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Here's how I used my rules of thumb to come up with this pattern palette.
1. Pick a starting print. For my starting point I used this small zigzag pattern. I liked that the scale was smaller than the very popluar two-color zigzag we're seeing a lot of right now.
2. Build the color palette. The zigzag gave me a very easy way to build the color pattern for the room. I was able to pull black, apple green, raspberry and purple all from this pattern. The other patterns I used in the room, like the bird and the medallion patterns, do not have the exact same tones as those in my zigzag, but that's OK. Even the wall paint was not the exact same tone of raspberry. Colors need to coordinate, but they do not have be exact. Actually using lighter and darker variations of a color can give the room some interest and keep it from feeling too matchy.
3. Vary the style. Since I started with a zigzag, which is geometric, I wanted to add a floral and a more curved pattern for contrast. The paisley lent softness. The bird-with-leaves pattern and the suzani are modernized florals.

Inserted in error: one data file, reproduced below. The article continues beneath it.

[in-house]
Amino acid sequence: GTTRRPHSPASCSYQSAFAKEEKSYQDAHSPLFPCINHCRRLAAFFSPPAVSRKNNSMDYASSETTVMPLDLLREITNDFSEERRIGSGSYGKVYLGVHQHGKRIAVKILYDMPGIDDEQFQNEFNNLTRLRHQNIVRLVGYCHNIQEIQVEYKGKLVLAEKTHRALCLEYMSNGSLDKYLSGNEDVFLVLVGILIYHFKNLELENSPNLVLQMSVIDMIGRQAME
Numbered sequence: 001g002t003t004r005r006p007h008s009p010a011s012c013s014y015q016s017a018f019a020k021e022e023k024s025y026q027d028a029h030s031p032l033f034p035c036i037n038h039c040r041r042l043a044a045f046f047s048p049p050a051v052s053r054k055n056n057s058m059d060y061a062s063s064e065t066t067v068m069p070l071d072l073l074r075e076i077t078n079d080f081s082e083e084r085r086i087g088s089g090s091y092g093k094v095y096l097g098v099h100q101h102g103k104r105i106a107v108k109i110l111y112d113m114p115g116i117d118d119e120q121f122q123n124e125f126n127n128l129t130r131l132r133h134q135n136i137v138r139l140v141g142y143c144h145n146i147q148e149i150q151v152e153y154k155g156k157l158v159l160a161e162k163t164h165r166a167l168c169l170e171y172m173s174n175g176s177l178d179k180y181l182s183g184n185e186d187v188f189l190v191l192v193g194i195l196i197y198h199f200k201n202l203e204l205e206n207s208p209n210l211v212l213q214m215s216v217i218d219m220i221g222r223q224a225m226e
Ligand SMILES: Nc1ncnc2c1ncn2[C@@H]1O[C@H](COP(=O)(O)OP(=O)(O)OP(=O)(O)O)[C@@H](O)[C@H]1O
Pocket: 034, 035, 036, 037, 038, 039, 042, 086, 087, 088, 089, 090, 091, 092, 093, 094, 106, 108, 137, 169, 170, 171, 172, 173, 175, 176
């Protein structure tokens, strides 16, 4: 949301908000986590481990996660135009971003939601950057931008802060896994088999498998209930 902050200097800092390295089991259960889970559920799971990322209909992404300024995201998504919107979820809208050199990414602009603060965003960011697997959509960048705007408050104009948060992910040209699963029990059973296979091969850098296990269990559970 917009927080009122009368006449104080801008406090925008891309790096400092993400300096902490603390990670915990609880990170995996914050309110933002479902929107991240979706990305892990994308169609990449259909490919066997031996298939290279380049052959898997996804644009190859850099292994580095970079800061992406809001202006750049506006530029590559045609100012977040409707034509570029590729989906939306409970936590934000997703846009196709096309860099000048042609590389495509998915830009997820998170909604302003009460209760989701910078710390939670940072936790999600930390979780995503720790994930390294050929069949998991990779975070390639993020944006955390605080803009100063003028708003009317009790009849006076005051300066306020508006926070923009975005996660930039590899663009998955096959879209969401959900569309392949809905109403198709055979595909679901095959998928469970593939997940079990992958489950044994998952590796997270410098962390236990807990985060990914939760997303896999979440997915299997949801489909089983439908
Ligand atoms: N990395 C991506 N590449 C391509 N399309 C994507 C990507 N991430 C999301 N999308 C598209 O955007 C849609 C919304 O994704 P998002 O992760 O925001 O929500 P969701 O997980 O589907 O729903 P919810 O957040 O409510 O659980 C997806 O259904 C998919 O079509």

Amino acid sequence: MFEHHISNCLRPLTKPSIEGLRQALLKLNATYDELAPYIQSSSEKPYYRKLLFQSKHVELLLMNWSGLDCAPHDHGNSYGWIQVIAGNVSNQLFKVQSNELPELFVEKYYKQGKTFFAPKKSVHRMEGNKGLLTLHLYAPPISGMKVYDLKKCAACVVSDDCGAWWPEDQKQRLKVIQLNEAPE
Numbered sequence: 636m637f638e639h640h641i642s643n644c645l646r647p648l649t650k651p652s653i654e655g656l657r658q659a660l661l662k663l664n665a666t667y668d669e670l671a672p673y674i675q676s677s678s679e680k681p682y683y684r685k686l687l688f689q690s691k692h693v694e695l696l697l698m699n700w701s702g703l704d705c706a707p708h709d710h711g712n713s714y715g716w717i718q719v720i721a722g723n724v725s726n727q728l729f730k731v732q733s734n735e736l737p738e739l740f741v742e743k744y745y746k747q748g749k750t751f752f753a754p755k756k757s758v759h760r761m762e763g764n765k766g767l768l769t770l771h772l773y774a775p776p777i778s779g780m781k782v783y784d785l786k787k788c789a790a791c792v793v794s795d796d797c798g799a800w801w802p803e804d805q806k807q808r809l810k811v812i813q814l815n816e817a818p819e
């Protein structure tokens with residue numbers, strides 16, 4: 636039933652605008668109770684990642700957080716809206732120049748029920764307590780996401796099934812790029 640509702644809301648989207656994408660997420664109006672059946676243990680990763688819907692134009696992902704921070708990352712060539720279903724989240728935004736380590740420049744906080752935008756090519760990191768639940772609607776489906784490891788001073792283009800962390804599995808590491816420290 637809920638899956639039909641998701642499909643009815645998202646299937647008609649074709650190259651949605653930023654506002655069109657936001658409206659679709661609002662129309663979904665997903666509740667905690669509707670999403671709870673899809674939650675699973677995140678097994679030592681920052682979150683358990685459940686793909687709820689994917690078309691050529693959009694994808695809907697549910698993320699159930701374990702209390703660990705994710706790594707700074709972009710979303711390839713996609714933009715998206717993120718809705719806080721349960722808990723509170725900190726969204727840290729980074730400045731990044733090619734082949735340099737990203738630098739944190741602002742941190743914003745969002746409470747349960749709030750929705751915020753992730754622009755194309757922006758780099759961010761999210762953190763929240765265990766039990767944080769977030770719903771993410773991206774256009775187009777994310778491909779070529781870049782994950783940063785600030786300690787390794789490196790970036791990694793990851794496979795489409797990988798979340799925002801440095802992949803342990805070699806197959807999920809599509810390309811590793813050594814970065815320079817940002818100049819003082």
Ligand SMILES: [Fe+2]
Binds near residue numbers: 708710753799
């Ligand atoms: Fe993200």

4. Vary the size of the pattern. The zigzag is small, the paisley duvet and circle accent pillow are medium, and the bird and suzani are large scale. Varying the size of patterns not only gives the room interest but is actually out of necessity. If all the patterns were the same scale, your eye would be in a tizzy not knowing which one to focus on.
I also love to add trims sometimes on pillows and drapes. On the zigzag I applied a faux leather fringe, and on the bird I added a black pleated trim. I loved how this made the pillow pop out from the wall.